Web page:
When we have a headache, it’s easy to grab a pill for the pain. But what do we do when we’re in a bit of a slump? Some people swear by supplements reported to boost serotonin (the happy chemical) and your mood, but even herbal supplements have risks. Most of these supplements are unregulated or poorly regulated, and are not considered “drugs”. They can have mild to severe side effects, and dangerous interactions with prescription pharmaceuticals as well as recreational party drugs. There are many of these supplements available on the market, but we’re going to look at a few common ones in this blog: St. John’s Wort, 5-HTP, and valerian root.
St. John’s Wort
St. John’s Wort is a flowering yellow plant called Hypericum Perforatum which is used in traditional and folk medicine, as well as herbalism. It is claimed to reduce anxiety, and could have antidepressant effects. St. John’s wort is available by prescription in Europe, and is infrequently prescribed for depression in children in Germany. It is available over the counter in Canada and the USA. Earlier studies in the late 80’s to mid 90’s showed it to have better effects than traditional antidepressants; however, recent studies in the 2000’s have not proven any of these claims. These studies have found it to be less effective than assumed in earlier trials, but evidence remains inconsistent.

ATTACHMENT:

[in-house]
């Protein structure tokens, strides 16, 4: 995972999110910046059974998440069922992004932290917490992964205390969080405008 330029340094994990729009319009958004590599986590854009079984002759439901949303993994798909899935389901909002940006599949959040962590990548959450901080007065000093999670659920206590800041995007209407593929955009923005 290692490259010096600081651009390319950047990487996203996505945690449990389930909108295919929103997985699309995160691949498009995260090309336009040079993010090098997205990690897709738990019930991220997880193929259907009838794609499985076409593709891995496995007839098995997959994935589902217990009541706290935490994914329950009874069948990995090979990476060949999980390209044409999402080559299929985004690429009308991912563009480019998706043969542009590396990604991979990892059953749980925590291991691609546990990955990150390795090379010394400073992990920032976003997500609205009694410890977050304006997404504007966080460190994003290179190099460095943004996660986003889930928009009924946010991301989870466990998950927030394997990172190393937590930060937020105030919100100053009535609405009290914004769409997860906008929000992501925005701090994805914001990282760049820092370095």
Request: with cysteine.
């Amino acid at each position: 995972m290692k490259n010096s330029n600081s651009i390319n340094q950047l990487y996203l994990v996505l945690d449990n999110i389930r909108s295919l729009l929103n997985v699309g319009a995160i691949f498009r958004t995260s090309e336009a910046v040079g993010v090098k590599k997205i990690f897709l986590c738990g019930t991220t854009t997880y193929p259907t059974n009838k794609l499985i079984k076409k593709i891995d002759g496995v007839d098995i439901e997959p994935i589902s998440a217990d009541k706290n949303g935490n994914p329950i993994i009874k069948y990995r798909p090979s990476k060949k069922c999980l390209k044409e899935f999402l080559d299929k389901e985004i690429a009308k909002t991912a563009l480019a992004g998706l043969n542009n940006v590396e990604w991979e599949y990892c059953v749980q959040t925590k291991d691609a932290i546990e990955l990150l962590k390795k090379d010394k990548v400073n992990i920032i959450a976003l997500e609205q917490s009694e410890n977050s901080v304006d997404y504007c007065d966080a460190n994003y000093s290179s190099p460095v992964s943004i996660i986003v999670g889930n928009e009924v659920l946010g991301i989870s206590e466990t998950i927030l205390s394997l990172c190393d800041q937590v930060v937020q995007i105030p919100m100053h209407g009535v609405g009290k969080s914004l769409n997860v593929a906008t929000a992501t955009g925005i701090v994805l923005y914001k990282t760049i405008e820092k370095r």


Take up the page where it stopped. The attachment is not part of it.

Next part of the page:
Caution: St. John’s wort interacts with serotonin altering medications including: SSRIs, SNRI’s, MAOIs, and other antidepressants, antianxiety or mood regulation drugs as well as cold, flu, and cough medications, antihistamines or allergy pills, sleep aids, ADD/ADHD stimulants, migraine medications, dopamine agonists (Parkinson’s disease medications) and opioid pain medications. It also interacts with recreational drugs that affect serotonin including: MDMA, cocaine, LSD, and amphetamines. Taking any of these medications with St. John’s Wort can lead to serotonin syndrome, or having too much serotonin in the brain which can be fatal. Symptoms of serotonin syndrome include: fever, shivering, sweating, high blood pressure, rapid or irregular heart beat, agitation, confusion, involuntary twitching or tremors, seizures, loss of consciousness or coma. St. John’s wort can increase your risk of seizures and should not be taken by those with epilepsy or other seizure disorders.
5-HTP or 5-Hydroxytryptophan is an African plant called Griffonia simplicifolia, which is commonly sold as a mood improvement supplement. 5-HTP is the immediate precursor to serotonin production, which in theory, can help your body to produce serotonin more quickly than your regular diet. As it is a natural supplement, it is
not regulated as a drug and does not come with many warnings when purchased. If you have taken any party drugs, you have probably heard about 5-HTP as many partiers swear by it as a treatment to the post rave blues, especially after a fun fuelled night of MDMA. Some partiers will even “preload” with 5-HTP before taking a serotonin releasing party drug, which is a risky practice that can lead to serotonin syndrome. 5-HTP is also used by some for sleep disorders, depression, anxiety or other conditions.